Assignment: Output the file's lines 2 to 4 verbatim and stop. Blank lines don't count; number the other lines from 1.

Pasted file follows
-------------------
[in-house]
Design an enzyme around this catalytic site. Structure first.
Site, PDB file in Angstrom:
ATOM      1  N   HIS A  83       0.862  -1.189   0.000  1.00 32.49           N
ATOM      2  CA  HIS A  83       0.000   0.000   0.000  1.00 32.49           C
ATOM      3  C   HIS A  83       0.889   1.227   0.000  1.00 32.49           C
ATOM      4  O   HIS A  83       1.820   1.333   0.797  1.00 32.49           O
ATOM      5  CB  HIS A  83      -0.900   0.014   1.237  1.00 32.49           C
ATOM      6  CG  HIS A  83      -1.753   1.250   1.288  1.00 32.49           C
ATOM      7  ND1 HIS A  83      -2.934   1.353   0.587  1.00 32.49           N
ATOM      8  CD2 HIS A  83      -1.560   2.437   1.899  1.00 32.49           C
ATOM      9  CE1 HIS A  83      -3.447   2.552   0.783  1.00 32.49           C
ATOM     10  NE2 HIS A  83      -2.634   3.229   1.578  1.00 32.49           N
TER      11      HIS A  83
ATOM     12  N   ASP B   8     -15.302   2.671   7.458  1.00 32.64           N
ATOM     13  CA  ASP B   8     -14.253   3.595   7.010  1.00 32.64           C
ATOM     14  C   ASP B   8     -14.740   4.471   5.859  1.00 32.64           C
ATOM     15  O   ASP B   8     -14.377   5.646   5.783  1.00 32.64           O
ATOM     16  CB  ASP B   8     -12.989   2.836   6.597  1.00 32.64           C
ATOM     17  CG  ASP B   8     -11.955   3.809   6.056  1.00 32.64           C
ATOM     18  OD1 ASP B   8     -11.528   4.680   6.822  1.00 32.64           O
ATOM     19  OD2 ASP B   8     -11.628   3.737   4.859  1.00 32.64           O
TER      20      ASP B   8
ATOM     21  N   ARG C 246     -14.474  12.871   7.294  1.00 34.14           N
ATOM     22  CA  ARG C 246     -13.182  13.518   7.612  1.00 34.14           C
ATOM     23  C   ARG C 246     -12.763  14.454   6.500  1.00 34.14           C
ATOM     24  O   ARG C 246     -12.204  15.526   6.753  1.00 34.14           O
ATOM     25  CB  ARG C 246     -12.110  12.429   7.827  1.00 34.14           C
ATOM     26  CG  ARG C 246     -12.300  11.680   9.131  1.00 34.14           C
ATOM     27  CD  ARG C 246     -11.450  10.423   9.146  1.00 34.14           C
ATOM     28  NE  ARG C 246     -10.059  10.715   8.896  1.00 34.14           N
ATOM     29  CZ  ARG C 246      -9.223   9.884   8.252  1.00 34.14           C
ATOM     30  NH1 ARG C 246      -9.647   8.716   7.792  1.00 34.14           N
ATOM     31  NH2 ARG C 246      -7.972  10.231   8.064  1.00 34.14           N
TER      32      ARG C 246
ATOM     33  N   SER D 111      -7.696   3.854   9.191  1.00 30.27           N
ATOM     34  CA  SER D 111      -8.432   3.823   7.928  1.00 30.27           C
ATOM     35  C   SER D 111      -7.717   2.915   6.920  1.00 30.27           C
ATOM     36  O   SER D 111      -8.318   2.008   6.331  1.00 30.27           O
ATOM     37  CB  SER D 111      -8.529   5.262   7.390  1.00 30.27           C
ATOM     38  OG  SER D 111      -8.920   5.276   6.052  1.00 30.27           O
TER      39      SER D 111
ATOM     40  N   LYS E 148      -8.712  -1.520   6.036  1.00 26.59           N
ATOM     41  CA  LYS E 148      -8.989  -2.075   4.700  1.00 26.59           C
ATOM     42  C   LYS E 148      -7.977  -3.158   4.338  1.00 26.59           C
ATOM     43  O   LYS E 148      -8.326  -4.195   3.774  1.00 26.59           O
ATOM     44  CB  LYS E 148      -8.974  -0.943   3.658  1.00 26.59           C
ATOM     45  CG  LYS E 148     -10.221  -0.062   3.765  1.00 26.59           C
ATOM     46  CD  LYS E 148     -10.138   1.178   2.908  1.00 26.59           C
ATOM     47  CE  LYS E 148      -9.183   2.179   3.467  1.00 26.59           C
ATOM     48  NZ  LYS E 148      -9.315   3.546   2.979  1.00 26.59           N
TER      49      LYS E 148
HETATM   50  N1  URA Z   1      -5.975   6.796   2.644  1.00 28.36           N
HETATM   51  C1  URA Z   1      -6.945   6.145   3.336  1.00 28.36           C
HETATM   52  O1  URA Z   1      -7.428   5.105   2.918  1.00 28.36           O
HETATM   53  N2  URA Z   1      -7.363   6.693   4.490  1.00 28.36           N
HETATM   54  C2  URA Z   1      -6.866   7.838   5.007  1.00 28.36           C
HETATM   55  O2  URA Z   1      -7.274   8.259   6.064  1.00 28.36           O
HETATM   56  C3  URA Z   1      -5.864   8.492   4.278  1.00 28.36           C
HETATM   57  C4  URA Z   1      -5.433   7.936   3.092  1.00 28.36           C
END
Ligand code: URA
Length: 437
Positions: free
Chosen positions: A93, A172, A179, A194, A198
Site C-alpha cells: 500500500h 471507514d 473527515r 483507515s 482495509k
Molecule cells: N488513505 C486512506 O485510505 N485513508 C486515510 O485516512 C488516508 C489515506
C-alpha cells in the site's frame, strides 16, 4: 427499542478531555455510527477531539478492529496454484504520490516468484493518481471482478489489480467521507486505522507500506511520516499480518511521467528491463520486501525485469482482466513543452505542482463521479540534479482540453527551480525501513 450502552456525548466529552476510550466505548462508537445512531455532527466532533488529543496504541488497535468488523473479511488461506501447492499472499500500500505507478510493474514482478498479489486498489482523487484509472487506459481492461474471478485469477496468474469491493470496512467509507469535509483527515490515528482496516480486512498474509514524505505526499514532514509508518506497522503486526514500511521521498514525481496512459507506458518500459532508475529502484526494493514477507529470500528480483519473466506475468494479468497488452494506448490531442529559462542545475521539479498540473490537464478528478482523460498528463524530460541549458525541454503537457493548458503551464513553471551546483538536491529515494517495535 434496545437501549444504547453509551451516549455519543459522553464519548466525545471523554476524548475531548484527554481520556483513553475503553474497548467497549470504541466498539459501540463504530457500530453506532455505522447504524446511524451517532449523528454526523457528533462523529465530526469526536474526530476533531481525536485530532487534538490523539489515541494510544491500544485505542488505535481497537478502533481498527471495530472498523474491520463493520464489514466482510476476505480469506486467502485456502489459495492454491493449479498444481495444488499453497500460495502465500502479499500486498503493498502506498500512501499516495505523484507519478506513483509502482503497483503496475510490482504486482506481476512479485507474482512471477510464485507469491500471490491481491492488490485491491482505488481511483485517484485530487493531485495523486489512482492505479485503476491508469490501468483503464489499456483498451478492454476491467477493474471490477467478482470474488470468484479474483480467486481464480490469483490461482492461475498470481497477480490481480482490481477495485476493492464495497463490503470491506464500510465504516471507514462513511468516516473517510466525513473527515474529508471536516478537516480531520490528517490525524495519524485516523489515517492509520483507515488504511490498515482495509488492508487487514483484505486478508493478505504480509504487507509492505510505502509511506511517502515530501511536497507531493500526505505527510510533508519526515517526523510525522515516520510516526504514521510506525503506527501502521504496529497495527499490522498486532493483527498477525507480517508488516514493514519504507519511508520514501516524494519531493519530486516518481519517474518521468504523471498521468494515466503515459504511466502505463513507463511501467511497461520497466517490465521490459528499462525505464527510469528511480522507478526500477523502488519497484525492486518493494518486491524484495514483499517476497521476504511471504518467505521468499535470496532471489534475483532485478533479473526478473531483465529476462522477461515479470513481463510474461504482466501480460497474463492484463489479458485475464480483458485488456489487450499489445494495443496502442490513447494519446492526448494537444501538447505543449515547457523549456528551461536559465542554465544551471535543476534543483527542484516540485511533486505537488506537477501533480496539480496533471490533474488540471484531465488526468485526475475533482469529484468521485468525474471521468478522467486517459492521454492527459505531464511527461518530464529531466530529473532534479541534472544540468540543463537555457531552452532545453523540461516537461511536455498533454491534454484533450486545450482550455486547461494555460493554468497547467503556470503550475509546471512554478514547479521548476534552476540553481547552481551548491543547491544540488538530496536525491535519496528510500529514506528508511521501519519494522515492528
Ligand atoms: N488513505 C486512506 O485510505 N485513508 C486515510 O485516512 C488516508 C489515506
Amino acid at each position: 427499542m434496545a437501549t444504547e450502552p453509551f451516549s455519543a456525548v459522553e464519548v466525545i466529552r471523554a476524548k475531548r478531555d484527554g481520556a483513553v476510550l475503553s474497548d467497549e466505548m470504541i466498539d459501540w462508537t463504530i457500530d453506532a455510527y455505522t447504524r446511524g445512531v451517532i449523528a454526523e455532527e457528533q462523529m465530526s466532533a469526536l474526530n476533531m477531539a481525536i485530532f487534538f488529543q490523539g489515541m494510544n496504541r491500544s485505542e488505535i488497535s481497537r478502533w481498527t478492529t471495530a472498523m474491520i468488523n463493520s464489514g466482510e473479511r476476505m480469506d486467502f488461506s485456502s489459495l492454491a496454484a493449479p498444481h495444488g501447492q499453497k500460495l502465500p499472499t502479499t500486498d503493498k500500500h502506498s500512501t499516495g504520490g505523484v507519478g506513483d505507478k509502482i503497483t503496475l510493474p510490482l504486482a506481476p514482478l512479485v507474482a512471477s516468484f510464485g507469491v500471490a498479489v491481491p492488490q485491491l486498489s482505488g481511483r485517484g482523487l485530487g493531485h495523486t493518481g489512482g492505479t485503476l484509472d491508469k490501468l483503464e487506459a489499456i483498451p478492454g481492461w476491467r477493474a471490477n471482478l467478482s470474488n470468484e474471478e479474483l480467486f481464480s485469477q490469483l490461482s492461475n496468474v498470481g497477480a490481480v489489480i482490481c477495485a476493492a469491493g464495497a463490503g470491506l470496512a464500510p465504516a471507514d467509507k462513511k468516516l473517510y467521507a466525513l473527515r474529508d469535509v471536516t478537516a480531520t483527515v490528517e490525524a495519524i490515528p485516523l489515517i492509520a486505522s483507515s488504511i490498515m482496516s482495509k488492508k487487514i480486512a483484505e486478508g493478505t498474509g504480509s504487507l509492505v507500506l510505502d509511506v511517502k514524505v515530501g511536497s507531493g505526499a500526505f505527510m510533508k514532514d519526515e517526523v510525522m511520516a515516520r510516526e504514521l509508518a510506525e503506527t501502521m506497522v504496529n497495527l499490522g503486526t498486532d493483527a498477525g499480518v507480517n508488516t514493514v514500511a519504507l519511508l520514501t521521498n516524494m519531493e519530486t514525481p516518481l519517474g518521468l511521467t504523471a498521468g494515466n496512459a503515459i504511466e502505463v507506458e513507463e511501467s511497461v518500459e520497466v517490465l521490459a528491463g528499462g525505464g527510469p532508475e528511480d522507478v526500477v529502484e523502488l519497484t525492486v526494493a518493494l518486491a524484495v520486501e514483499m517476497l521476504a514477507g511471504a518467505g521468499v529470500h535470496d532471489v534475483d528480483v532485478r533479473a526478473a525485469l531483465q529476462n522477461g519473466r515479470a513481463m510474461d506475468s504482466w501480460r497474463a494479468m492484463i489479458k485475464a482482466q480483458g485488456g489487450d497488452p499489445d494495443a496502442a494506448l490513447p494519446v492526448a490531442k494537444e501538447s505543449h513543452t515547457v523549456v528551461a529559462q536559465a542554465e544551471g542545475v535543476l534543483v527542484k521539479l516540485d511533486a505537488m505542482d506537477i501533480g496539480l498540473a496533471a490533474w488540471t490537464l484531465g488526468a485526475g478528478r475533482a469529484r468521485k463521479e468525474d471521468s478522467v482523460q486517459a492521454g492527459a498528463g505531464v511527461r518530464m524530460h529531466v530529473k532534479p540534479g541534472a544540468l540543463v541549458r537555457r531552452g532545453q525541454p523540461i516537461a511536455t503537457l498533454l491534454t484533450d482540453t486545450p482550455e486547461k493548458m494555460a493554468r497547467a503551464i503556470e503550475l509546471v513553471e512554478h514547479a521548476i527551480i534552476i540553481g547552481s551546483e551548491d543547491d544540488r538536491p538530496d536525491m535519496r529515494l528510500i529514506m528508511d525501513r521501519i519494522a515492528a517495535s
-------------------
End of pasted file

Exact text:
Design an enzyme around this catalytic site. Structure first.
Site, PDB file in Angstrom:
ATOM      1  N   HIS A  83       0.862  -1.189   0.000  1.00 32.49           N